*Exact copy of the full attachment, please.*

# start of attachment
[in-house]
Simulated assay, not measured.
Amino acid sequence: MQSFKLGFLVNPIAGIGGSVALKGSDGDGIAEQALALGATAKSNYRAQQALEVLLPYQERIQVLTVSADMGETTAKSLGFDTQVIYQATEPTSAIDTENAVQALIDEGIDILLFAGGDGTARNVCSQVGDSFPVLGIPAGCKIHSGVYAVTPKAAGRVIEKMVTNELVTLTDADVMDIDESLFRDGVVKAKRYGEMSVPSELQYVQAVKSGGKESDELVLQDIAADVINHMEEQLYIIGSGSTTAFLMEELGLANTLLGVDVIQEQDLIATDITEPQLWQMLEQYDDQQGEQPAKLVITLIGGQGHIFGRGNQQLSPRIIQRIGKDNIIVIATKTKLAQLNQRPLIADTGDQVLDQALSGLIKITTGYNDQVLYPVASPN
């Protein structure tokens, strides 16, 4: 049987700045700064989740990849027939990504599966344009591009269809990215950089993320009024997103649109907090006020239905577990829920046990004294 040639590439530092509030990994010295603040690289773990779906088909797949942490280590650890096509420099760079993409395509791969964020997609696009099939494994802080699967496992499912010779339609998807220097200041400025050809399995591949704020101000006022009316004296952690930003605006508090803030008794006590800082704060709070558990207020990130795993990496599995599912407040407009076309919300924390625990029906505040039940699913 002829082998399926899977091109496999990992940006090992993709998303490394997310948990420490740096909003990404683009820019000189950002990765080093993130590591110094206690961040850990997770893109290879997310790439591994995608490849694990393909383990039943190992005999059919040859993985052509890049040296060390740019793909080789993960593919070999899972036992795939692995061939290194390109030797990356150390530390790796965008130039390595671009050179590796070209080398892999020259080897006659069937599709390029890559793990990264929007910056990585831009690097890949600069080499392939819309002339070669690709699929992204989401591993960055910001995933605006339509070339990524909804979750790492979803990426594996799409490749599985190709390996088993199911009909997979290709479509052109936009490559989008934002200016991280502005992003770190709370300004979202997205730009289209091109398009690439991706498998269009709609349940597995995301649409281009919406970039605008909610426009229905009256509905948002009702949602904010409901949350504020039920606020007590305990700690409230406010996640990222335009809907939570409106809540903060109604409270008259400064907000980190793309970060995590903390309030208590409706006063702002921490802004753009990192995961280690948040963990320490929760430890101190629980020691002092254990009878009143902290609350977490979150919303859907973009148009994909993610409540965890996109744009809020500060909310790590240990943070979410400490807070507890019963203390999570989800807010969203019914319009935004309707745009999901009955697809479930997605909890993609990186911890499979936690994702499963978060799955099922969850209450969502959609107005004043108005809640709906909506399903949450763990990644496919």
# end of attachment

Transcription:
[in-house]
Simulated assay, not measured.
Amino acid sequence: MQSFKLGFLVNPIAGIGGSVALKGSDGDGIAEQALALGATAKSNYRAQQALEVLLPYQERIQVLTVSADMGETTAKSLGFDTQVIYQATEPTSAIDTENAVQALIDEGIDILLFAGGDGTARNVCSQVGDSFPVLGIPAGCKIHSGVYAVTPKAAGRVIEKMVTNELVTLTDADVMDIDESLFRDGVVKAKRYGEMSVPSELQYVQAVKSGGKESDELVLQDIAADVINHMEEQLYIIGSGSTTAFLMEELGLANTLLGVDVIQEQDLIATDITEPQLWQMLEQYDDQQGEQPAKLVITLIGGQGHIFGRGNQQLSPRIIQRIGKDNIIVIATKTKLAQLNQRPLIADTGDQVLDQALSGLIKITTGYNDQVLYPVASPN
């Protein structure tokens, strides 16, 4: 049987700045700064989740990849027939990504599966344009591009269809990215950089993320009024997103649109907090006020239905577990829920046990004294 040639590439530092509030990994010295603040690289773990779906088909797949942490280590650890096509420099760079993409395509791969964020997609696009099939494994802080699967496992499912010779339609998807220097200041400025050809399995591949704020101000006022009316004296952690930003605006508090803030008794006590800082704060709070558990207020990130795993990496599995599912407040407009076309919300924390625990029906505040039940699913 002829082998399926899977091109496999990992940006090992993709998303490394997310948990420490740096909003990404683009820019000189950002990765080093993130590591110094206690961040850990997770893109290879997310790439591994995608490849694990393909383990039943190992005999059919040859993985052509890049040296060390740019793909080789993960593919070999899972036992795939692995061939290194390109030797990356150390530390790796965008130039390595671009050179590796070209080398892999020259080897006659069937599709390029890559793990990264929007910056990585831009690097890949600069080499392939819309002339070669690709699929992204989401591993960055910001995933605006339509070339990524909804979750790492979803990426594996799409490749599985190709390996088993199911009909997979290709479509052109936009490559989008934002200016991280502005992003770190709370300004979202997205730009289209091109398009690439991706498998269009709609349940597995995301649409281009919406970039605008909610426009229905009256509905948002009702949602904010409901949350504020039920606020007590305990700690409230406010996640990222335009809907939570409106809540903060109604409270008259400064907000980190793309970060995590903390309030208590409706006063702002921490802004753009990192995961280690948040963990320490929760430890101190629980020691002092254990009878009143902290609350977490979150919303859907973009148009994909993610409540965890996109744009809020500060909310790590240990943070979410400490807070507890019963203390999570989800807010969203019914319009935004309707745009999901009955697809479930997605909890993609990186911890499979936690994702499963978060799955099922969850209450969502959609107005004043108005809640709906909506399903949450763990990644496919």